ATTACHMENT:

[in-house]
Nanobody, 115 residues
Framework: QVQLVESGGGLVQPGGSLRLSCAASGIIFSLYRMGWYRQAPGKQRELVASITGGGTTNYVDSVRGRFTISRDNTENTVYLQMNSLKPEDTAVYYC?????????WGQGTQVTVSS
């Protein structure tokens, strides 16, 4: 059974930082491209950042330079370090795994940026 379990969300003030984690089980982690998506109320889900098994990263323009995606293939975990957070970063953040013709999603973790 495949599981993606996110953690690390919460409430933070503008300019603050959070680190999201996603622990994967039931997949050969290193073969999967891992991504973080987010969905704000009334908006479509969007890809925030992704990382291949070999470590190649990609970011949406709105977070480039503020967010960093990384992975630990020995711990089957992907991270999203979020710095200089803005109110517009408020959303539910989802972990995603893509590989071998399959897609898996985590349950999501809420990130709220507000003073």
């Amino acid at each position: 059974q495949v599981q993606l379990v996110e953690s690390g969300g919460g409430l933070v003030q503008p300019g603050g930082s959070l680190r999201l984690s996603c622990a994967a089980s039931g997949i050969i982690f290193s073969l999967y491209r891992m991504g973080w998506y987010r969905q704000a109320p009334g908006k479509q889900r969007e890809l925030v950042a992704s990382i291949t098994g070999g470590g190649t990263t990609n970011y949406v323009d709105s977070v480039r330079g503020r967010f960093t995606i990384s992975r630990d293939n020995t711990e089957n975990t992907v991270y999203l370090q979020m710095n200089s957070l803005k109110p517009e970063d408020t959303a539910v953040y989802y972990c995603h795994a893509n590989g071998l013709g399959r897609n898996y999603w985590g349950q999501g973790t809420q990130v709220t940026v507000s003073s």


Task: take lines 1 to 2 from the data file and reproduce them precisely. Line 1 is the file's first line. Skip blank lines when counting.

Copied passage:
[in-house]
Nanobody, 115 residues